"Aerial view" by U.S. National Park Service , public domain

Channel Islands

Island Chumash

brochure Channel Islands - Island Chumash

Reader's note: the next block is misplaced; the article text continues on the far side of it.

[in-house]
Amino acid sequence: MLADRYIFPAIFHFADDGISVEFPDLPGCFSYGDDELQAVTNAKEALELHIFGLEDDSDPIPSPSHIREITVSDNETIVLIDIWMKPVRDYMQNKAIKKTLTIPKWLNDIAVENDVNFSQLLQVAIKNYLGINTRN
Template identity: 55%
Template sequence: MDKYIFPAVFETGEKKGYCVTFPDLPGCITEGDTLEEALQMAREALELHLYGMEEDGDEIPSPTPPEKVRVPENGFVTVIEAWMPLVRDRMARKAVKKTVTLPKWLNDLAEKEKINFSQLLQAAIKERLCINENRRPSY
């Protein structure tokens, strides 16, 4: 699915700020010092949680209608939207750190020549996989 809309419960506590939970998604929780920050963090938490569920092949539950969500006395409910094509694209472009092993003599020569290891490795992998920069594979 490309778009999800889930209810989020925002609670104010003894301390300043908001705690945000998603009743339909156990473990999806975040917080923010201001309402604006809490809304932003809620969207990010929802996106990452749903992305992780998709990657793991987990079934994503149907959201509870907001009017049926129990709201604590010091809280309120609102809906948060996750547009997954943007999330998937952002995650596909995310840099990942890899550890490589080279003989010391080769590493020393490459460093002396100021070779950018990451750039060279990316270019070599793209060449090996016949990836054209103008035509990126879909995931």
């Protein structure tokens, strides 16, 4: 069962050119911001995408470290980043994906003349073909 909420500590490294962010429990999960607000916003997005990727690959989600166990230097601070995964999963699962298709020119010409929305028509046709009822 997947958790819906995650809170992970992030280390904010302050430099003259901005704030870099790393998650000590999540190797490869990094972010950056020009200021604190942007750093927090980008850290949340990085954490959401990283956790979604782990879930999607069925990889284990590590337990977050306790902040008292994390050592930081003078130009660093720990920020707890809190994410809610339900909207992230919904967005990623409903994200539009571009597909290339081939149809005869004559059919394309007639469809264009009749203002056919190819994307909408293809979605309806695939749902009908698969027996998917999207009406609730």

Channel Islands National Park Service U.S. Department of the Interior Channel Islands National Park The Island Chumash An Introduction What’s in a Name Traditionally the Chumash people lived in an area extending from San Luis Obispo to Malibu, including the four Northern Channel Islands. Today, with the exception of the Islands, Chumash people live in these territories and areas far beyond. Approximately 148 village sites have been identified, including 11 on Santa Cruz Island, eight on Santa Rosa Island, and two on San Miguel Island. Due to the lack of a consistent water source, Anacapa Island was likely inhabited on a seasonal basis. A true maritime culture, the Chumash hunted and gathered natural resources from both the ocean and the coastal mountains to maintain a highly developed way of life. Today we have evidence of more than 13,000 years of Native American occupation of the islands, highlighted by the discovery of Arlington Springs Woman. Among the oldest dated human remains in North America, radio- carbon dating indicates she lived approximately 13,000 years ago. This rich, continuing history is a testament to the Chumash people and their iland home. Michumash is the word from which the name Chumash is Over time, many Chumash place names have been derived. Roughly translated, Michumash means “makers of altered to reflect the uses or perceptions of various shell bead money” and is the term mainland Chumash used to refer to those inhabiting the islands. other cultures. Anacapa Island, however, retains a name closest to the Chumash Anyapakh, meaning “mirage.” ‘Achum, or shell bead money was “minted” by the island Limuw: A Story of Place Chumash using small discs shaped from olivella shells and Santa Cruz Island, known by the Chumash people as drills manufactured from Santa Cruz Island chert. The Limuw, translates to “in the sea,” while Santa Rosa shell bead money was exchanged with mainland villages Island, or Wi’ma, means “redwood driftwood.” for resources and manufactured goods that were otherwise unavailable on the islands. Though no translation to modern English is known, San Miguel Island was referred to as Tuqan. Hutash, the Earth Mother, created the first Chumash that some of the Chumash people had to move off the people on the island of Limuw, now known as Santa Cruz. They were made from the seeds of a Magic Plant. island. They would have to go to the mainland, where there weren’t any people living in those days. Hutash was married to the Alchupo’osh, Sky Snake, the But how were the people going to get across the water to Milky Way, who could make lightning bolts with his the mainland? Finally, Hutash had the idea of making a tongue. One day, he decided to make a gift to the Chumash bridge out of a wishtoyo (rainbow). She made a very long, people. He sent down a bolt of lightning, and this started a very high rainbow that stretched from the tallest mountain fire. After this, people kept fires burning so that they could keep warm and cook their food. on Limuw all the way to Tzchimoos, the tall mountain near Mishopshno (Carpinteria). In those days, the Condor was a white bird. But the Hutash told the people to go across the rainbow bridge,and Condor was very curious about the fire he saw burning in fill the whole world with people. So the Chumash people the Chumash village. He wanted to find out what it was. started to go across the bridge. Some of them got across So he flew very low over the fire to get a better look. But he safely, but some people made the mistake of looking down. flew too close; he got his feathers scorched, and they It was a long way down to the water, and the fog was turned black. So now the Condor is a black bird, with just a swirling around. They became so dizzy that some of them little white left under the wings where they did not get burned. fell off the rainbow bridge, down through the fog, into the ocean. Hutash felt very badly about this, because she told them to cross the bridge. She did not want them to drown. After Alchupo’osh gave them fire, the Chumash people lived more comfortably. More people were born each year, and their villages got bigger and bigger. Limuw was getting crowded. And the noise people made was starting to annoy Hutash. It kept her awake at night. So, finally, she decided So, to save them, she turned them into dolphins. Now the Chumash call the dolphins their brothers and sisters. The Island Chumash often traded with mainland villages to acquire necessities that were scarce on the islands. Acorns, a staple in the Chumash diet, were one such trade item. Using a mortar and pestle, acorns can be ground into meal that is then leached to remove tannic acid. Grinding stones, including the mortar and pestle, are often made from sandstone, though hopper mortars exist. These mortars are constructed of a basket fashioned from Juncus and fastened to a grinding stone using asphaltum. The Tomol Chumash society featured an upper class of chiefs, pine pitch and asphaltum was used to seal the space shamans, boat builders, and artisan; a middle class of between boards. Sharkskin was used for sanding, red workers, fishermen and hunters; and a lower class of the poor and outcast. ochre for staining, and abalone for inlay and embellishment. The brotherhood of the tomol, an elite group of boat The use of the tomol allowed for an elaborate trade builders in the upper echelons of Chumash society, network between the islands and mainland, between constructed the plank canoe, or tomol, which is the oldest example of ocean watercraft in North America. natives and non- natives, and amongst the island communities themselves. Preferably constructed of redwood, which drifted down Today the Chumash Maritime Association, in partnership from Northern California, the tomol ranged from eight to 30 feet in length and held three to 10 people. with Channel Islands National Marine Sanctuary and Channel Islands National Park, continues the tradition of the tomol. In September 2001, paddlers rowed the tomol The tomol was constructed of a single piece of wood for ‘Elye’wun (swordfish) across the Santa Barbara Channel, the floor, with three or four rows of planks. Milkweed, completing the first channel crossing in more than 125 years. Future channel crossings are planned. yucca, dogbane, or sinew from deer was used as cordage to tie the tomol together. Yop, a glue consisting of a mixture of Missionization The Spanish were the first Europeans to visit the Chumash (1772—1822) was marked by the construction of five in 1542. Juan Rodriguez Cabrillo was impressed by the friendliness of the Chumash people who he encountered. Spanish missions in Chumash territory and continued outbreaks of disease, further decimating the population. However, along with European contact, came European diseases and conflict. The mission system depended on the use of native labor to propel industry and the economy. The social organization were devastating to the previously unexposed people of of Chumash society was restructured, leading to the erosion of previous power bases and further assimilation. North America and many Chumash people succumbed to disease. When California became part of Mexico, the government Even relatively minor illnesses, such as the common cold, secularized the missions, and the Chumash sank into the In an attempt to convert the native population to depths of poverty. By the time of the California gold rush, Christianity and secure the area for Spain against the the Chumash had become marginalized, and little was done to understand or help the remaining population. Russian and Aleut fur traders, the Chumash people were removed from their traditional lands. The Mission Era i sari wa; It Will Continue Indefinitely forgotten way of life. Much has been lost, but Chumash Santa Monica Mountains National Recreation Area 401 West Hillcrest Drive Thousand Oaks, California 91360- 4223 (805)370- 2300 community members take pride in their heritage and culture. Chumash Indian Tribal Elders Council Today, Chumash community members continue to move forward in their efforts to revive what was becoming a Post Office Box 517 With a current population nearly 5,000 strong, some Chumash people can trace their ancestors to the five Santa Ynez, California 93460 (805)688- 8446 islands of Channel Islands National Park. The Chumash reservation in Santa Ynez represents the only federally Candelaria American Indian Council recognized band, though it is important to note that several other Chumash groups exist. 1650 Palma Dr. Ventura, California 93003 (805)650- 8352 The National Park Service invites you to visit Channel Islands National Park, Santa Monica Mountains National Recreation Area, and other local areas to learn more about the Chumash and other Native American cultures. For more information please write or call: Channel Islands National Park 1901 Spinnaker Drive Ventura, California 93001 (805)658- 5730 EXPERIENCE YOUR AMERICA Santa Barbara Museum of Natural History 2559 Puesta del Sol Road Santa Barbara, California 93105 (805)682- 4711 Friends of Satwiwa 4126 Potrero Road Newbury Park, California 91320 (805)499- 2837